Monthly utility costs: £1,000 – £1,500

 Every restaurant will have monthly utility costs which includes electricity, gas and heating, water, trash removal, phone and internet. If you are renting, some of these costs may be included in the rent. Utility costs vary depending on many factors such as the size of your restaurant and the area your restaurant is in, but usual utility costs are around £1,000 – £1,500 per month.

Monthly marketing and advertising costs: £500 – £800

Every business requires some sort of ongoing marketing and advertising to gain new customers and even retain customers. Marketing for your restaurant can include advertising on leaflets, billboards, radio and tv, and in more recent times it includes more modern digital marketing such as Google ads, social media marketing, Search Engine Optimisation (SEO) and website management. 

Depending on the extent of your marketing campaigns, ongoing monthly marketing costs can be around £500 – £800.

Yearly insurance costs: £750 – £1,500

Insurance is a cost that many restaurant businesses do not factor in when calculating their ongoing costs. Property insurance, inventory insurance, liability insurance and other types of insurance can mount up, and can cost around £750 – £1,500 for the year, depending on which types of insurances you choose for your business.

Yearly business licence and registration costs: £250 – £500

There are licences and registrations that are required for opening and operating a restaurant. You would need to apply for a food business registration that covers all food operations and food premises approval from your local council if your catering business would be handing meat, fish or dairy products but these licences would not cost anything.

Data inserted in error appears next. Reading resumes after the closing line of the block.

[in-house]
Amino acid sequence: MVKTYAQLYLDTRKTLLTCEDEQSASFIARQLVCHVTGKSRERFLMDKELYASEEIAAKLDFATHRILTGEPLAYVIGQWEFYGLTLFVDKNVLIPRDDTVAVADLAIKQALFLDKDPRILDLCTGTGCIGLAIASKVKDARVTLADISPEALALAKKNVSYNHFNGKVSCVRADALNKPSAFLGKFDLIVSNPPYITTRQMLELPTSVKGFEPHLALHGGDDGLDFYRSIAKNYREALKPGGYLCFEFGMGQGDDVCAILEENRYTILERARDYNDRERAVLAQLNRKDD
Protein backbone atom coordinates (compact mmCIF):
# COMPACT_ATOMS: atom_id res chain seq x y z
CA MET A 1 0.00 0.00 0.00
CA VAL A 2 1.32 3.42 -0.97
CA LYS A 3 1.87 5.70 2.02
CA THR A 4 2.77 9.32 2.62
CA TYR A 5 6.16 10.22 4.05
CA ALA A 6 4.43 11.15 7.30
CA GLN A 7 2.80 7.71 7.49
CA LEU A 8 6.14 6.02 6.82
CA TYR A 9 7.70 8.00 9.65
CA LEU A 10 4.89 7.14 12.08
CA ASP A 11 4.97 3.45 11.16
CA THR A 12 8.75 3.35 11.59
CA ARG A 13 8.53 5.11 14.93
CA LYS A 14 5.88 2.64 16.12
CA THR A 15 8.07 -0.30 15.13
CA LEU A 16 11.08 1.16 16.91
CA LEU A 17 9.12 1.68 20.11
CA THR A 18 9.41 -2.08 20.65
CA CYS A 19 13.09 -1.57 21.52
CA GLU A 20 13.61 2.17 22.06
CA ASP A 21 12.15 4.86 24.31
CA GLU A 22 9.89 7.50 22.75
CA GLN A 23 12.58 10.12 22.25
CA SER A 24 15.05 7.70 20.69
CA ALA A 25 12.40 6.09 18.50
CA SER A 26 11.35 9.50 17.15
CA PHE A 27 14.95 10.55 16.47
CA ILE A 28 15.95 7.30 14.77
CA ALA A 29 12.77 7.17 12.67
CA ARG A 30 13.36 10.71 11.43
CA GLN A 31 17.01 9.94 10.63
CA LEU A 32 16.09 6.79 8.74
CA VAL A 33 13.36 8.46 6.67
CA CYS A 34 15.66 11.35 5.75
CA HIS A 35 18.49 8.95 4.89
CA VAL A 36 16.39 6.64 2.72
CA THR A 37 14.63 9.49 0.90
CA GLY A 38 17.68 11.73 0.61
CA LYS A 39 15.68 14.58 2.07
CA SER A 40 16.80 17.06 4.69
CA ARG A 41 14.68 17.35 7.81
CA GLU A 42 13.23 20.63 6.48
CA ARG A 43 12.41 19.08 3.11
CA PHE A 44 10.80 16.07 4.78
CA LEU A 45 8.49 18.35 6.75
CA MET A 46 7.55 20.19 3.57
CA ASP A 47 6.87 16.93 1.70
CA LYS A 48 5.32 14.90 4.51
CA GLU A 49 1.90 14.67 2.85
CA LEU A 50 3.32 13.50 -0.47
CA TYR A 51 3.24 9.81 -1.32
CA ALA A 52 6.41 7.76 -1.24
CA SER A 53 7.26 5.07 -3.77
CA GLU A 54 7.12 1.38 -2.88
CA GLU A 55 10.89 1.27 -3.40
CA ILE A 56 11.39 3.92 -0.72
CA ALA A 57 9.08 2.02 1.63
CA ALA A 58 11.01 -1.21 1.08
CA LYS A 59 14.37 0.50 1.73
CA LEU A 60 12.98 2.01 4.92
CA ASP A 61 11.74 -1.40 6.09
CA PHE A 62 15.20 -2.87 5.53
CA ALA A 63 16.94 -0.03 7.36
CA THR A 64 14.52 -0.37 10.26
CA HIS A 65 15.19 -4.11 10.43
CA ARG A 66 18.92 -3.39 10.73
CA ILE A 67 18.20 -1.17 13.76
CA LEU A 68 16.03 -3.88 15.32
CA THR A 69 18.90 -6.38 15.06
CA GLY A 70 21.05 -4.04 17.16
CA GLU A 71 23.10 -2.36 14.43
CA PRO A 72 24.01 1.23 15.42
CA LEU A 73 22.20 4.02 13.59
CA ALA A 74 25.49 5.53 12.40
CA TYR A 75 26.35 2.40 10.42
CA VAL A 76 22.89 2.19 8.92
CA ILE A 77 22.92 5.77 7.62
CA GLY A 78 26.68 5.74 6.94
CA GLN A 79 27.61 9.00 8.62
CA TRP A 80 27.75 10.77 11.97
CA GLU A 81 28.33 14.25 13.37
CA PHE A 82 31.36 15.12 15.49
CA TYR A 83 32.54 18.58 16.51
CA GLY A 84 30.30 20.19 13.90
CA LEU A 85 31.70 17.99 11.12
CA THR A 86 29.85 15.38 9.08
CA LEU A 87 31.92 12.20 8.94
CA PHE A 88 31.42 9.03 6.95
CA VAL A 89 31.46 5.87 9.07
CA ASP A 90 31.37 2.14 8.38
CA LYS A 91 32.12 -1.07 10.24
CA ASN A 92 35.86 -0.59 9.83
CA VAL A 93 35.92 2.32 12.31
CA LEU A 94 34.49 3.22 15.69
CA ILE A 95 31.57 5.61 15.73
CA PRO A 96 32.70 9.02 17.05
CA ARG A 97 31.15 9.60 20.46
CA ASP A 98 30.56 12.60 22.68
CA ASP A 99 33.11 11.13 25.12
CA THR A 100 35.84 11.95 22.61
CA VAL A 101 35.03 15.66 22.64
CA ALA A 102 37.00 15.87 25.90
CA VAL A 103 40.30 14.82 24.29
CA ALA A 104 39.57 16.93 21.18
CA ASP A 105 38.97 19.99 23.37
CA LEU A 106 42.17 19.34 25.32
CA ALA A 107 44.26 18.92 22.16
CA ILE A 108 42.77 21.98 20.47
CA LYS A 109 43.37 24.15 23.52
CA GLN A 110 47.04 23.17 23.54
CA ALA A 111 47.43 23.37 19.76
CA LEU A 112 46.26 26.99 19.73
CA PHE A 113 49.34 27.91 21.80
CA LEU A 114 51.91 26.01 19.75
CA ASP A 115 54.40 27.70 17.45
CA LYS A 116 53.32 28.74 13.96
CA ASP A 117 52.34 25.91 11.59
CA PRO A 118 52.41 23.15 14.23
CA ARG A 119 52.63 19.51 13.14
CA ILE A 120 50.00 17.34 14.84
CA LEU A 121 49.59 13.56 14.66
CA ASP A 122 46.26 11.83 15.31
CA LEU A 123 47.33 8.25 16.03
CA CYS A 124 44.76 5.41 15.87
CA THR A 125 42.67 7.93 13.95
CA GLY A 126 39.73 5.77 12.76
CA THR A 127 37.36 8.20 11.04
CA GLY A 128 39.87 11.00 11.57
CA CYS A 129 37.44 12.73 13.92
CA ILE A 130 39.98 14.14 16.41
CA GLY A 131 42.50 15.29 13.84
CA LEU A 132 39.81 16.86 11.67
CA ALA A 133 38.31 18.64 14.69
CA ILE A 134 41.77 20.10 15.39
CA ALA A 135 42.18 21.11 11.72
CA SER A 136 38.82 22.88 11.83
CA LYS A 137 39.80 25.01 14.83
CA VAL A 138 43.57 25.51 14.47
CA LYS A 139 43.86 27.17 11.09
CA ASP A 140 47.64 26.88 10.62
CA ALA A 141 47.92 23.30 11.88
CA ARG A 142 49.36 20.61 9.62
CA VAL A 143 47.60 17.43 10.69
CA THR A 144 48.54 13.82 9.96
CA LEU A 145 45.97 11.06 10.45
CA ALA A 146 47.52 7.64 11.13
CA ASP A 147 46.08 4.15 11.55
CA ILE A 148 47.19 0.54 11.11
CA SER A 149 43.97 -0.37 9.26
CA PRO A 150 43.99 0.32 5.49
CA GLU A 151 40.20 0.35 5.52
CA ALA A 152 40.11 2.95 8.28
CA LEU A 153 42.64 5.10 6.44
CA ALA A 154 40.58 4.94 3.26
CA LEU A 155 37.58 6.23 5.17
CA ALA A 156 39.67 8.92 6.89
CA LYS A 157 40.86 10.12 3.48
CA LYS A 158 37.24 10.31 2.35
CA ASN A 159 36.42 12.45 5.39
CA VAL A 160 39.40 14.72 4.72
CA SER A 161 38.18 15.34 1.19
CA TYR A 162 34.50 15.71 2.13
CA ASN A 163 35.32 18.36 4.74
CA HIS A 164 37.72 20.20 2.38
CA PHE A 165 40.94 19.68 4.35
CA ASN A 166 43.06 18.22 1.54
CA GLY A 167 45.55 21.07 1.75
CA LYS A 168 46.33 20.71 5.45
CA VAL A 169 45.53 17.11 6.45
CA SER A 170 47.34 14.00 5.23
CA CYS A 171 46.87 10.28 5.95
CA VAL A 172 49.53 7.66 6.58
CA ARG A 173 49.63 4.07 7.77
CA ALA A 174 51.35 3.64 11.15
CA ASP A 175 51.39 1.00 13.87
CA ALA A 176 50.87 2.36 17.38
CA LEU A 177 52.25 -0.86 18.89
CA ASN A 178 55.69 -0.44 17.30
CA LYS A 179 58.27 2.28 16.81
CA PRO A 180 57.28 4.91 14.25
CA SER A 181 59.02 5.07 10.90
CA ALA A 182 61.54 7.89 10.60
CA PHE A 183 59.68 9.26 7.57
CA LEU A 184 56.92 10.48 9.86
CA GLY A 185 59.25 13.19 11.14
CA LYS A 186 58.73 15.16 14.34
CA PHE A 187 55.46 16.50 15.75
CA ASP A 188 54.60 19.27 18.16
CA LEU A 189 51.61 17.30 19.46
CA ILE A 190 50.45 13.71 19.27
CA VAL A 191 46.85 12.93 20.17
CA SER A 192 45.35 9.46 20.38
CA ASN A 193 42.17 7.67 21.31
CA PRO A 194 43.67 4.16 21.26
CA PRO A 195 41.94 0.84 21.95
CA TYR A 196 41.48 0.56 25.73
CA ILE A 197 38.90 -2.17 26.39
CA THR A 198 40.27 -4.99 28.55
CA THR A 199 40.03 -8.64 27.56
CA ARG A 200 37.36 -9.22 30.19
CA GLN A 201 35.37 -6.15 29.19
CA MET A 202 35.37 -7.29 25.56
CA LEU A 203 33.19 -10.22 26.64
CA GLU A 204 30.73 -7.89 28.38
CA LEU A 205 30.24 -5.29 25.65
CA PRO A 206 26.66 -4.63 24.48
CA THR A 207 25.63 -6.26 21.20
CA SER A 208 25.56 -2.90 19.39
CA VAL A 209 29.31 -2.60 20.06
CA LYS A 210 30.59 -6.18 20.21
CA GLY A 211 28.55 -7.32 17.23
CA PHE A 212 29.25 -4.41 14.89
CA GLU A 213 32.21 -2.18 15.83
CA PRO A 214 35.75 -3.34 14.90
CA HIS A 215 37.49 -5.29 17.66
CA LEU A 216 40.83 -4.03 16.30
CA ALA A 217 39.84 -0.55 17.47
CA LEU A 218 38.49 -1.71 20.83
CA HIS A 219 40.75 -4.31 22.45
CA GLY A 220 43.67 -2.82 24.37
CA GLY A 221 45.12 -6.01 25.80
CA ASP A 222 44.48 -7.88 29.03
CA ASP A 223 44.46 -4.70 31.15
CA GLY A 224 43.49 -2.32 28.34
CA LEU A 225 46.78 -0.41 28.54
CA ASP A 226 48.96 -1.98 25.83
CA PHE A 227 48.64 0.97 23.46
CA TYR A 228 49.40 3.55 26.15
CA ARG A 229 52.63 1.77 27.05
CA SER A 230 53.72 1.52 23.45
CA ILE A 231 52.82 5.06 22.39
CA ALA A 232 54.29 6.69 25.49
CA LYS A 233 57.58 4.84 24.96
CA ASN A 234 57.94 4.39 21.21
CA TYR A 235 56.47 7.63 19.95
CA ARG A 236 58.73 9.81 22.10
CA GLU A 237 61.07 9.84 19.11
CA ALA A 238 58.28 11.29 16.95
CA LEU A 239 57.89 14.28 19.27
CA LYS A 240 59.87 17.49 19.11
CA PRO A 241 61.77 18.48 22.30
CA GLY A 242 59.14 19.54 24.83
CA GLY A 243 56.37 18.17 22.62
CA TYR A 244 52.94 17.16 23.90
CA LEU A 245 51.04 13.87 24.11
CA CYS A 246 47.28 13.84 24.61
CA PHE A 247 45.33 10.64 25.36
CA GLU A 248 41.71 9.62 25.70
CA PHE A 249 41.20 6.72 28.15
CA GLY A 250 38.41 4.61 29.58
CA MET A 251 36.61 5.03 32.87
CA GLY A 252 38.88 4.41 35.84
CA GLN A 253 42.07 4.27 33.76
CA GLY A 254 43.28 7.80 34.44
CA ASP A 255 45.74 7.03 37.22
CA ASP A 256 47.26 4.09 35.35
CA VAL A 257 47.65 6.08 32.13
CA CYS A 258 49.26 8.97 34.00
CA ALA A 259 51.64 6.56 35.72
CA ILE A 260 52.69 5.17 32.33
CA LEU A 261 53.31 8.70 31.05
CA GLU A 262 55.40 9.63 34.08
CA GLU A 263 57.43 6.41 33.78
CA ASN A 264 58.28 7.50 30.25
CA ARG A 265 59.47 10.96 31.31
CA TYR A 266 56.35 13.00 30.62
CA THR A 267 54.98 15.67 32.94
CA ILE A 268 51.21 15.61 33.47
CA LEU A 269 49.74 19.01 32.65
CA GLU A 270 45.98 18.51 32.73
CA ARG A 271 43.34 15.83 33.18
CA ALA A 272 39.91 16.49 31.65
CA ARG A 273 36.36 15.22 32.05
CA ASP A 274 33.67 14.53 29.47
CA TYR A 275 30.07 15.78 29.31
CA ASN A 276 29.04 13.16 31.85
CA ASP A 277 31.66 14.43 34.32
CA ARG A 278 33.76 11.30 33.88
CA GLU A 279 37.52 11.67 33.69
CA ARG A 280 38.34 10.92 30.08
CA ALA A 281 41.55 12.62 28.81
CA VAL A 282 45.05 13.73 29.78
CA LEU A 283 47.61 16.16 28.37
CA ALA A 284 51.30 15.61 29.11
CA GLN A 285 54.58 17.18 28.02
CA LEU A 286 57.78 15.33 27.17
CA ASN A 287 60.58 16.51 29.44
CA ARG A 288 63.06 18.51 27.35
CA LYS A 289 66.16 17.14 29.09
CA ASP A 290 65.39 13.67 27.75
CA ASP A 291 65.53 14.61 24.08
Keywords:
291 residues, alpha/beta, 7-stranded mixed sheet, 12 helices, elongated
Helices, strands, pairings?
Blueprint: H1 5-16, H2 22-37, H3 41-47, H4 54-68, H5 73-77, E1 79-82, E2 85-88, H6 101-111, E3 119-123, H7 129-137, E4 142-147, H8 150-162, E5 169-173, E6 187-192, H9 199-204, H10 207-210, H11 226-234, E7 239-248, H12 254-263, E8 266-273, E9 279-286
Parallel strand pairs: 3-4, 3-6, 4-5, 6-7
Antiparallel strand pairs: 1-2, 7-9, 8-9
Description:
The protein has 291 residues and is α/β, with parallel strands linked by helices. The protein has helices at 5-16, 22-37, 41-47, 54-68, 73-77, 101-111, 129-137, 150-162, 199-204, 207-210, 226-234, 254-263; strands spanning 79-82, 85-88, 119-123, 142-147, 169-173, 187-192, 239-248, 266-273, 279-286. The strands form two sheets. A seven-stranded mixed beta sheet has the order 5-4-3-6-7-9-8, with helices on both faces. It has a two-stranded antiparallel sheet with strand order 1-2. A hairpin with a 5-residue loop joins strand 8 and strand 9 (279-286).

Your restaurant would also likely need a premises licence that covers selling alcohol as well as providing entertainment such as live music, recorded music and sporting events but this usually costs between £100 – £200 for the year. 

If your restaurant also has a bar area, you might want to consider buying a TV, and with it you’ll need a TV licence which will cost around £160 per year. 

For marketing purposes, you might also want to consider a permission to distribute leaflets licence to distribute leaflets, flyers, other printed material or even to display takeaway menus. Overall, licences usually cost between £250 – £500 per year depending on the number of licences your restaurant requires.

Inside of large open space restaurant with customers dining and many restaurant chairs and tables available for dining


When opening a brand new restaurant and keeping it going, there will be a numerous amount of costs that can be difficult to get your head around initially. From renting costs to furniture costs, from food and drink costs, to marketing costs, understanding where your restaurant expenses lie is critical to managing your restaurant’s expenses and ensuring your business stays within your initial budget.

Hopefully this restaurant cost breakdown guide has helped you understand the main restaurant start-up costs, as well as the main restaurant operating cost.